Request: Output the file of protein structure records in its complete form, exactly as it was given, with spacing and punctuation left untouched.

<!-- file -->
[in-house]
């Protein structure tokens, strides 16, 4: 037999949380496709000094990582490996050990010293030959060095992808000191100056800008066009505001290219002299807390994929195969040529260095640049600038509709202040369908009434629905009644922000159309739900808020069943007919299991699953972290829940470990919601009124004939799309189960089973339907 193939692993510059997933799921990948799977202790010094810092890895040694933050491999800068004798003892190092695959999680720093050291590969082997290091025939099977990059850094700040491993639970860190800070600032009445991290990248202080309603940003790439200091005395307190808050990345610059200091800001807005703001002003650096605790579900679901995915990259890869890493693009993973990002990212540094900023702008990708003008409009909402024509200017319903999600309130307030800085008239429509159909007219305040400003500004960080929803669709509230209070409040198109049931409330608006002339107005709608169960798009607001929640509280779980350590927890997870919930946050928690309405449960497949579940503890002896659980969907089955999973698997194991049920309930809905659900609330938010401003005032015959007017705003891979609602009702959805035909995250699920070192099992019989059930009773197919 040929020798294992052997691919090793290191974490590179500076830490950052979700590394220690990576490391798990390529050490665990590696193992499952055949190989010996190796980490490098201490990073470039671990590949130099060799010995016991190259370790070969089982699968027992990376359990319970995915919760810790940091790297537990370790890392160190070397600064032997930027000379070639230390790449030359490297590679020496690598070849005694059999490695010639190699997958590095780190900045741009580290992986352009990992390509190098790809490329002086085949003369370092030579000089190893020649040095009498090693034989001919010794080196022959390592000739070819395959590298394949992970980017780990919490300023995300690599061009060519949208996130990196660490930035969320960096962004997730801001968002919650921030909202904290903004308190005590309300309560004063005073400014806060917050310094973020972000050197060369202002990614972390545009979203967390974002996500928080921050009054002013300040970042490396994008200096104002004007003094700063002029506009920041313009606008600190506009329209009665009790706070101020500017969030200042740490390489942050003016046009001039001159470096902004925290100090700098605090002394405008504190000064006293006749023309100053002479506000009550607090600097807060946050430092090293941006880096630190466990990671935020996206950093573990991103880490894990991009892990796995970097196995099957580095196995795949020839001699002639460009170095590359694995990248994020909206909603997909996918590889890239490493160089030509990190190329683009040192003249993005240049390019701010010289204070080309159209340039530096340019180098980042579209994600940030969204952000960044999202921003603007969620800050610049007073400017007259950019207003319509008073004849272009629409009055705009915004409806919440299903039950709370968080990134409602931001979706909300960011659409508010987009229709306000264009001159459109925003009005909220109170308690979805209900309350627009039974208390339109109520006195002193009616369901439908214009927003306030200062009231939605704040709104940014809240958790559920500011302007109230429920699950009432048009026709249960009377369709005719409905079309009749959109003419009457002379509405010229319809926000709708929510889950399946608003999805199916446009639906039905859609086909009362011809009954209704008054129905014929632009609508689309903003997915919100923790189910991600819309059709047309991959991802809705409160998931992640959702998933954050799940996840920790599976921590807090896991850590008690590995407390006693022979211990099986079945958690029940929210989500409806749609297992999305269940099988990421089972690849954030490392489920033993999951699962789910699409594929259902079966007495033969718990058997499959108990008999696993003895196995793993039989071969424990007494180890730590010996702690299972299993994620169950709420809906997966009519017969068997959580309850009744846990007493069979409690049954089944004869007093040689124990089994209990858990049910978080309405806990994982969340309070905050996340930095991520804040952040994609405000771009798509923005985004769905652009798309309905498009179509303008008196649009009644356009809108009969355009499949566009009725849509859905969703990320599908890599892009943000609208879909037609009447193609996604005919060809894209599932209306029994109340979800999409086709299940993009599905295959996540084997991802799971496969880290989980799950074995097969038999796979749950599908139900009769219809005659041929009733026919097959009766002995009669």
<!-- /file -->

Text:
[in-house]
């Protein structure tokens, strides 16, 4: 037999949380496709000094990582490996050990010293030959060095992808000191100056800008066009505001290219002299807390994929195969040529260095640049600038509709202040369908009434629905009644922000159309739900808020069943007919299991699953972290829940470990919601009124004939799309189960089973339907 193939692993510059997933799921990948799977202790010094810092890895040694933050491999800068004798003892190092695959999680720093050291590969082997290091025939099977990059850094700040491993639970860190800070600032009445991290990248202080309603940003790439200091005395307190808050990345610059200091800001807005703001002003650096605790579900679901995915990259890869890493693009993973990002990212540094900023702008990708003008409009909402024509200017319903999600309130307030800085008239429509159909007219305040400003500004960080929803669709509230209070409040198109049931409330608006002339107005709608169960798009607001929640509280779980350590927890997870919930946050928690309405449960497949579940503890002896659980969907089955999973698997194991049920309930809905659900609330938010401003005032015959007017705003891979609602009702959805035909995250699920070192099992019989059930009773197919 040929020798294992052997691919090793290191974490590179500076830490950052979700590394220690990576490391798990390529050490665990590696193992499952055949190989010996190796980490490098201490990073470039671990590949130099060799010995016991190259370790070969089982699968027992990376359990319970995915919760810790940091790297537990370790890392160190070397600064032997930027000379070639230390790449030359490297590679020496690598070849005694059999490695010639190699997958590095780190900045741009580290992986352009990992390509190098790809490329002086085949003369370092030579000089190893020649040095009498090693034989001919010794080196022959390592000739070819395959590298394949992970980017780990919490300023995300690599061009060519949208996130990196660490930035969320960096962004997730801001968002919650921030909202904290903004308190005590309300309560004063005073400014806060917050310094973020972000050197060369202002990614972390545009979203967390974002996500928080921050009054002013300040970042490396994008200096104002004007003094700063002029506009920041313009606008600190506009329209009665009790706070101020500017969030200042740490390489942050003016046009001039001159470096902004925290100090700098605090002394405008504190000064006293006749023309100053002479506000009550607090600097807060946050430092090293941006880096630190466990990671935020996206950093573990991103880490894990991009892990796995970097196995099957580095196995795949020839001699002639460009170095590359694995990248994020909206909603997909996918590889890239490493160089030509990190190329683009040192003249993005240049390019701010010289204070080309159209340039530096340019180098980042579209994600940030969204952000960044999202921003603007969620800050610049007073400017007259950019207003319509008073004849272009629409009055705009915004409806919440299903039950709370968080990134409602931001979706909300960011659409508010987009229709306000264009001159459109925003009005909220109170308690979805209900309350627009039974208390339109109520006195002193009616369901439908214009927003306030200062009231939605704040709104940014809240958790559920500011302007109230429920699950009432048009026709249960009377369709005719409905079309009749959109003419009457002379509405010229319809926000709708929510889950399946608003999805199916446009639906039905859609086909009362011809009954209704008054129905014929632009609508689309903003997915919100923790189910991600819309059709047309991959991802809705409160998931992640959702998933954050799940996840920790599976921590807090896991850590008690590995407390006693022979211990099986079945958690029940929210989500409806749609297992999305269940099988990421089972690849954030490392489920033993999951699962789910699409594929259902079966007495033969718990058997499959108990008999696993003895196995793993039989071969424990007494180890730590010996702690299972299993994620169950709420809906997966009519017969068997959580309850009744846990007493069979409690049954089944004869007093040689124990089994209990858990049910978080309405806990994982969340309070905050996340930095991520804040952040994609405000771009798509923005985004769905652009798309309905498009179509303008008196649009009644356009809108009969355009499949566009009725849509859905969703990320599908890599892009943000609208879909037609009447193609996604005919060809894209599932209306029994109340979800999409086709299940993009599905295959996540084997991802799971496969880290989980799950074995097969038999796979749950599908139900009769219809005659041929009733026919097959009766002995009669």